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The do's and don'ts of holiday tipping

Should you give your mail carrier some cash? What about your hairdresser or mechanic? We'll break it down in this holiday tipping guide.

KNOXVILLE, Tenn. — Okay so Christmas is in like a week and you still need to get gifts for your nephew, aunt, neighbor, granddaughter and co-worker. Phew!

But what about the people who help you all the time, like your mail carrier, your baby sitter, your mechanic?

"During the holidays people feel the need to show their appreciation in something other than just your standard tip," said Professor Ann Fairhurst, head of UT's Retail, Hospitality and Tourism Management Department.

According to Care.com’s 2019 Cost of Holidays Survey, 80% of families who took the survey said they give holiday tips to service providers.

RELATED: New Jersey waitress surprised with $1,200 cash tip

Fairhurst has some tips to make tipping simple and avoid giving you more holiday stress.

"I think it's best to determine the people who have really helped you in your life, helped you do different things, really went above and beyond the expectations of that service provider," she said.

Those are people who help you every day, like your garbage collector, mail carrier, housekeepers or babysitters.

Etiquette experts suggest tipping garbage collectors $20-$30.

For regular babysitters, double their pay one evening.

The suggest tipping your hairdresser up to the cost of one haircut.

RELATED: Cracker Barrel waitress receives $1,100 tip

"You have to check and make sure that they're allowed to take tips because not everyone is allowed to take a tip," said Fairhurst.

That includes USPS mail carriers. They can't take money or gift cards, but can accept gifts under $20.

"Even if you bake a batch of cookies or make something for them or even a small card is still appropriate and much appreciated," said Fairhurst.

She said don't tip people like dentists, doctors, attorneys, or accountants.

But they'll gladly accept holiday cards.

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"That makes just as big of an impact as a financial gift does," said Fairhurst.

She suggested checking your budget before giving out big holiday tips.

The point is to say thank you, not break anyone's bank.

Tipping these service providers isn't required, just part of the spirit of giving.

Care.com provides this detailed list of service providers and the suggested holiday tip:

  • Animal Trainer - cost of 1 session
  • Au Pair - 1-2 week's pay and a small gift from your kids
  • Babysitter - Average day/evening pay for regular sitters and a small gift from your kids
  • Barber - Cost of 1 session
  • Bartender - $20-$40 for someone you see regularly
  • Building Porter/Janitor - $25-$100 depending on involvement
  • Building Superintendent - $25-$100 depending on involvement
  • Cleaning Company -Cost of 1 session or a small gift, if you see the same people regularly
  • Cobbler - Don't tip
  • Coffee Shop Barista -$10-$20 for someone you see regularly
  • Contractor - Don't tip
  • Country Club Staff - $50 for someone you see regularly
  • Day Care Staff - Small gifts from your kids in the $10-$30 range
  • Dentist - Don't tip
  • Doctor - Don't tip
  • Dog Walker - Cost of 1 session or 1 week's pay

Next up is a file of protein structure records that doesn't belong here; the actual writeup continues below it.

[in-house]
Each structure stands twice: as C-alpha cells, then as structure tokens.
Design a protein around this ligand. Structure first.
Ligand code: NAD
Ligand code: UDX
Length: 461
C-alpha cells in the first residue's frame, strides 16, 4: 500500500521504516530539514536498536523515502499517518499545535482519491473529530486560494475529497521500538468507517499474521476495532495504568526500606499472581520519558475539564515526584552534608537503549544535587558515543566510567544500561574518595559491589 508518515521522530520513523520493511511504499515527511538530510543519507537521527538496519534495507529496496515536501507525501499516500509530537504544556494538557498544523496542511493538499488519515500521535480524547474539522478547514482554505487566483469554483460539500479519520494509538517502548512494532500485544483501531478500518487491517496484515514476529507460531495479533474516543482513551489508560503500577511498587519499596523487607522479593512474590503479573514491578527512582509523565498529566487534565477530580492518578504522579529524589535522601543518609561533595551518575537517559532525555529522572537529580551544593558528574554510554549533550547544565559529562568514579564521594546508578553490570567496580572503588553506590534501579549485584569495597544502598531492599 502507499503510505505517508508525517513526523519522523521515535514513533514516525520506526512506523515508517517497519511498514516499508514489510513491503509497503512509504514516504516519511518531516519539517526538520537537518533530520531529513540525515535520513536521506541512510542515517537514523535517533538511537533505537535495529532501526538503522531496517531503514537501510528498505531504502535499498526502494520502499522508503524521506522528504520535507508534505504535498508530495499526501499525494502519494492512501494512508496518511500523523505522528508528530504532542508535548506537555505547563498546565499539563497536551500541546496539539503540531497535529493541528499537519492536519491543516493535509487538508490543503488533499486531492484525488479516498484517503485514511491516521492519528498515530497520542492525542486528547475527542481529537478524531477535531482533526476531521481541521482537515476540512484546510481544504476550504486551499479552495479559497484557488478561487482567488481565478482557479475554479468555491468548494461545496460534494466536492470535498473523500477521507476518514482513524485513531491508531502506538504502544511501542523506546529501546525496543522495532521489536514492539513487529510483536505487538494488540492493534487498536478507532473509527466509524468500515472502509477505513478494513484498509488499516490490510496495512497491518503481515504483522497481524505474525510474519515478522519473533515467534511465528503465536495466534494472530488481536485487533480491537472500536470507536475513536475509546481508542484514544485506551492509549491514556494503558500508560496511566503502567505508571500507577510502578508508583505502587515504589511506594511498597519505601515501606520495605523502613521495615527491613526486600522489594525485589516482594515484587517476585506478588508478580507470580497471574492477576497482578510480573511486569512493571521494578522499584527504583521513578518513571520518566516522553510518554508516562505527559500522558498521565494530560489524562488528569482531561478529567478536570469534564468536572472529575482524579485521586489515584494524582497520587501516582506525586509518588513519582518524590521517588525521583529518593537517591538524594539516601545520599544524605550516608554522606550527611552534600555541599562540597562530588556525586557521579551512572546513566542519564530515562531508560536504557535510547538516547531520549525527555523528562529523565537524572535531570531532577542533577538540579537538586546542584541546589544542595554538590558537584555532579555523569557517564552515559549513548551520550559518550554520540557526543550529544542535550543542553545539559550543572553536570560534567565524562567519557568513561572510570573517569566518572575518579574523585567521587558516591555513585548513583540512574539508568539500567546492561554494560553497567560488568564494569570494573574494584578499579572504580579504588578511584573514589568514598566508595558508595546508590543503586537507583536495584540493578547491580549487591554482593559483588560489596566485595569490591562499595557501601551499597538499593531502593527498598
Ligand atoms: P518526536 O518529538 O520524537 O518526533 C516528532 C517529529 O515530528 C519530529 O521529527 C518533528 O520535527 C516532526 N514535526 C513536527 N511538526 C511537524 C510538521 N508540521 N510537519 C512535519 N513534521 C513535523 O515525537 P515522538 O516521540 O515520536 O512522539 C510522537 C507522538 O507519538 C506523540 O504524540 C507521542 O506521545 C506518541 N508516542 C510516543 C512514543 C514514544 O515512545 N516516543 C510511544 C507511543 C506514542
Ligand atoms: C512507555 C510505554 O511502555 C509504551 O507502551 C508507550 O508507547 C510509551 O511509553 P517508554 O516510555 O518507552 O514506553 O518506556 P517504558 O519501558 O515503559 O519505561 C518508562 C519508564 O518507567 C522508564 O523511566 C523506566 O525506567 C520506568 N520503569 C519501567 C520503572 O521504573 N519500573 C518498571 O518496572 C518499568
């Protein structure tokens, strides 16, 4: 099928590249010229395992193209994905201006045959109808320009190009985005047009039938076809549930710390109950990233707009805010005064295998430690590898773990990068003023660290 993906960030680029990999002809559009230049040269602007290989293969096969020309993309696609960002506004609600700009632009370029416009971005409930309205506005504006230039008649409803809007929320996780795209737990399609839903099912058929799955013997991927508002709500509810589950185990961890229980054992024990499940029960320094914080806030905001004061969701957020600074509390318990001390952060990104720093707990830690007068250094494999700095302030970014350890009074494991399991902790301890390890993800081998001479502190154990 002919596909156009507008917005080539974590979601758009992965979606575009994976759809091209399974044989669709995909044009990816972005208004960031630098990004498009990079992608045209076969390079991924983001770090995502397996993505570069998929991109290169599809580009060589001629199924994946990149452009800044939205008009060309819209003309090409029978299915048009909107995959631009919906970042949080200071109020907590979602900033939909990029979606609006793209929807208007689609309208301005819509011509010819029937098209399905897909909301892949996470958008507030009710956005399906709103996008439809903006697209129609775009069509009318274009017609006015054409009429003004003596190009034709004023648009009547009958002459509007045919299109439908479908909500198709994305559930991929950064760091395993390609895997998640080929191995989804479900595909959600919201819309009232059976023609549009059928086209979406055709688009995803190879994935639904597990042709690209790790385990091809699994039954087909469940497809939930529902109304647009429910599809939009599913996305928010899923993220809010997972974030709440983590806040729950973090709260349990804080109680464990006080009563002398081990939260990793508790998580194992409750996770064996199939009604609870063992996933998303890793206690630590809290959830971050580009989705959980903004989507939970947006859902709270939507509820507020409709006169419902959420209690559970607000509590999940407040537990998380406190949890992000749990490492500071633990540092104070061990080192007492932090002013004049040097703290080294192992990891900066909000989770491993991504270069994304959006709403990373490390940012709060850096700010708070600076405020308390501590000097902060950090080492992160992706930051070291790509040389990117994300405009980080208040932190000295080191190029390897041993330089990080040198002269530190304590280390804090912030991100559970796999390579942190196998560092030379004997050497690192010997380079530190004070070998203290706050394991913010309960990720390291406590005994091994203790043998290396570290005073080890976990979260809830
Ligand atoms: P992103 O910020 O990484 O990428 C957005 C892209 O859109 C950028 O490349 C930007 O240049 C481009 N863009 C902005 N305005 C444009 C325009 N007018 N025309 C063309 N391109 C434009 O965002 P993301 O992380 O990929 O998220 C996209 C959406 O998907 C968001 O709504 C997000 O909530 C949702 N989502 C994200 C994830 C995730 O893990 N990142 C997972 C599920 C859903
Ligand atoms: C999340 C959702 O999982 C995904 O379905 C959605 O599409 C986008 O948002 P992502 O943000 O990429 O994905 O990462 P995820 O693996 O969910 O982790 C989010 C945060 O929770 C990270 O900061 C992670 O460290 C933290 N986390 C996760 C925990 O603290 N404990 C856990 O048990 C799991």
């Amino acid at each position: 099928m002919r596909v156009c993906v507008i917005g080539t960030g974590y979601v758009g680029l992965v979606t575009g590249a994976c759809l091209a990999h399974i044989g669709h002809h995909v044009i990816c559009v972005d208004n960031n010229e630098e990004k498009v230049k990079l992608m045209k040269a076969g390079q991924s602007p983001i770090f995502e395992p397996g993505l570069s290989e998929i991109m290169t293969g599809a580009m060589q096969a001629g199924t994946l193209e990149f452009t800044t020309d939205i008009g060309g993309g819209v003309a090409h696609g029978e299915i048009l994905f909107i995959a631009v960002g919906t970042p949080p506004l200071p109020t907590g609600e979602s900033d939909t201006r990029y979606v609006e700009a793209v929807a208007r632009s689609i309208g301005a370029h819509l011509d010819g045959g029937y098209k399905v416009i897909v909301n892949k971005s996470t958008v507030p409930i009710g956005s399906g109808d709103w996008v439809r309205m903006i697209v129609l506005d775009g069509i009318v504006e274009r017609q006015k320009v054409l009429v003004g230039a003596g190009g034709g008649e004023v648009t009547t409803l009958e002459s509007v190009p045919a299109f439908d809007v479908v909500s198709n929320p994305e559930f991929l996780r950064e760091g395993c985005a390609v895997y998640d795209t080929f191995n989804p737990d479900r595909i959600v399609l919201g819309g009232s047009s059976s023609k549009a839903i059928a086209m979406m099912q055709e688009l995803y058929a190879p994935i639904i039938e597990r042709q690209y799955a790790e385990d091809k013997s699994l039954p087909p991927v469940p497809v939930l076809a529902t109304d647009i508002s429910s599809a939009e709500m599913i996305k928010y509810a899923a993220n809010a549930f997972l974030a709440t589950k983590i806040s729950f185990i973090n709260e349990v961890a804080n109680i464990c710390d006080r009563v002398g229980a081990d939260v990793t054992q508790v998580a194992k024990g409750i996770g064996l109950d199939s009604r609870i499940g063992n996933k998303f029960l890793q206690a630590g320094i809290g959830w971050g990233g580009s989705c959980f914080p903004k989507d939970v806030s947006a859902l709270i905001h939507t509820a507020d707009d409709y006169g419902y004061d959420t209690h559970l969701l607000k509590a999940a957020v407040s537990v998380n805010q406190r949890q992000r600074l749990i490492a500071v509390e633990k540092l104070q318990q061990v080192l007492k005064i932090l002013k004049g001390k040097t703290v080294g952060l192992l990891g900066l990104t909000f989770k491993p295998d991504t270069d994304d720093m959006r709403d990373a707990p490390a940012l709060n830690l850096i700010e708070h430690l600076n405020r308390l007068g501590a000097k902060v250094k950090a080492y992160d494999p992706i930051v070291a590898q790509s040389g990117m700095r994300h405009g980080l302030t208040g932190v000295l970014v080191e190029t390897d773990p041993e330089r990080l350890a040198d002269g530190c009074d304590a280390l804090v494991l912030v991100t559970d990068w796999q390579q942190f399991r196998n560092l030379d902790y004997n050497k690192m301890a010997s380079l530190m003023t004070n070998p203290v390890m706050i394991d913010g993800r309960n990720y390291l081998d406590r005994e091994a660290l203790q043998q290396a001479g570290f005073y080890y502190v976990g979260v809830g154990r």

• Doorman - $25-$100 depending on involvement
  • Driver / Limo Service - $20-$50 or more if it's a regular driver
  • Dry Cleaning Delivery - $10-$20
  • Elevator Operator - $10-$40 depending on involvement
  • Errand Runner - $10-$40 for someone you hire regularly
  • Fitness Instructor - Cost of 1 session or a small gift
  • Food Delivery Person - $10-$30 for someone you see regularly
  • Garbage Collector - $20-$30
  • Gas Station Attendant - $10-$20 for someone you see regularly
  • Groomer - Cost of 1 session
  • Hairdresser or Colorist - Cost of 1 session
  • Handyman - $15-$50
  • Housekeeper - Cost of 1 session or a small gift for infrequent service
  • Kennel Staff - $10-$20 for each staff member or food for the group
  • Kids' Activities Instructor - Small gift from your kids
  • Kids' Coach (Athletics) - Small gift from your kids
  • Landscaper - Cost of 1 session or $20-$50 for infrequent service
  • Live-in Help (housekeeper, senior care aide, nanny, chef, etc.) - 1-2 week's pay
  • Massage Therapist - Cost of 1 session
  • Mother's Helper - Average day's pay for regular helper and a small gift from your kids
  • Nail Salon - Cost of 1 session
  • Nanny - 1-2 week's pay and a gift from your kids
  • Newspaper Carrier - $10-$20
  • Nurse (in-home nurse, private nurse) - $25-$100 depending on involvement
  • Nursing Home or Assisted Living Community Staff - $10-$20 for each staff member or food for the group
  • Package Delivery Person - Small, non-cash gift
  • Parking Garage Attendant - $10-$20 for someone you see regularly
  • Personal Assistant - Small gift and a holiday bonus based on performance
  • Personal Chef - 1-2 week's pay or cost of one session, depending on frequency
  • Personal Trainer - Cost of 1 session
  • Pet Day Care Staff - $10-$20 for each staff member or food for the group
  • Pet Sitter - Cost of 1 session
  • Physical Therapist - Don't tip
  • Pool Cleaner - Cost of 1 session
  • Postal Worker - Food, perishable group gifts or a non-cash gift worth less than $20
  • School Bus Driver - $10-$20
  • Senior Care Aide - $25-$100, depending on frequency
  • Snow Remover/Shoveler - Cost of 1 session
  • Tailor - Don't tip
  • Teacher - Small gift from your kids
  • Teacher's Aide/Assistant - Small gift from your kids
  • Tutor - Cost of 1 session and small gift from your child, depending on frequency
  • Veterinarian - Don't tip
  • Waiter / Waitress - $20-$40 for someone you see regularly